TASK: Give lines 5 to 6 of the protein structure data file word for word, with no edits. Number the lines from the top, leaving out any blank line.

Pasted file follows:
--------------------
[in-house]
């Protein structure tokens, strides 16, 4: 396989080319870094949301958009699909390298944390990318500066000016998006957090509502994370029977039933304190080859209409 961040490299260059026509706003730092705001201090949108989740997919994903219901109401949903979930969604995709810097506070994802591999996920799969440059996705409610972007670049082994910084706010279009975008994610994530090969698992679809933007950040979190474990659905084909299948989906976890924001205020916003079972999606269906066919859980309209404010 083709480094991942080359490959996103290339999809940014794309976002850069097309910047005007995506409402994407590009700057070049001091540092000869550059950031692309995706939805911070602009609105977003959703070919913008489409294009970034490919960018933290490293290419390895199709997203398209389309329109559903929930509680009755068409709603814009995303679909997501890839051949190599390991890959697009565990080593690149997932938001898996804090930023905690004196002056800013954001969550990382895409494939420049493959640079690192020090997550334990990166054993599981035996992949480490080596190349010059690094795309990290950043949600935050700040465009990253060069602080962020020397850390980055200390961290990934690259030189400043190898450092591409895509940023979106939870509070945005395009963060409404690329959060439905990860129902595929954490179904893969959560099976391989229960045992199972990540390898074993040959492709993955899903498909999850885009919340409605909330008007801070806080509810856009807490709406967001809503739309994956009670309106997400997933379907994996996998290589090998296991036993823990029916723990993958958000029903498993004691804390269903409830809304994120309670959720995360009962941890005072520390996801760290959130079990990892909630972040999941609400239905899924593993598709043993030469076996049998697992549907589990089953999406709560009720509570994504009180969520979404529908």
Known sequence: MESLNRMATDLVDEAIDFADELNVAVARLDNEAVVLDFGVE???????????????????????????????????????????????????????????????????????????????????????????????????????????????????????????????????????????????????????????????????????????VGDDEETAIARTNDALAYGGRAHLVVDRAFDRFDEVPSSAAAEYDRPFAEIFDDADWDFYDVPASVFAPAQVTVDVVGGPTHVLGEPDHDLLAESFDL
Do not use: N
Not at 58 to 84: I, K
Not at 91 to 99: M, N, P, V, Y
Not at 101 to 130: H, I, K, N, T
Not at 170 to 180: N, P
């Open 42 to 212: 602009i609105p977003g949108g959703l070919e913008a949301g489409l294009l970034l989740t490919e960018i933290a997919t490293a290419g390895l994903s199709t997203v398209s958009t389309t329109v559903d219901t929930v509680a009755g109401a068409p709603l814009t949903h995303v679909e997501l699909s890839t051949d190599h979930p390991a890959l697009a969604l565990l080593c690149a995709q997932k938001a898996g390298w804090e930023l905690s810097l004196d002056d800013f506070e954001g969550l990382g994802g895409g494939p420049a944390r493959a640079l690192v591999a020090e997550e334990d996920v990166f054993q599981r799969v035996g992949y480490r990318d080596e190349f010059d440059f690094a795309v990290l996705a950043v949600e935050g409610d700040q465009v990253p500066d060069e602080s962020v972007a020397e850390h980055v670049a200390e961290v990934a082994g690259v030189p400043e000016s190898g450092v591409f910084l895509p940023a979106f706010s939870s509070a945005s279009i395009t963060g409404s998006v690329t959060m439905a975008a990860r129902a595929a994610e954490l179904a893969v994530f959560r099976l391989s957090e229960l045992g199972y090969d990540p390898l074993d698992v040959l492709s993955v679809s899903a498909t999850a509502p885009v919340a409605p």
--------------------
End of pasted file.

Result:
Not at 58 to 84: I, K
Not at 91 to 99: M, N, P, V, Y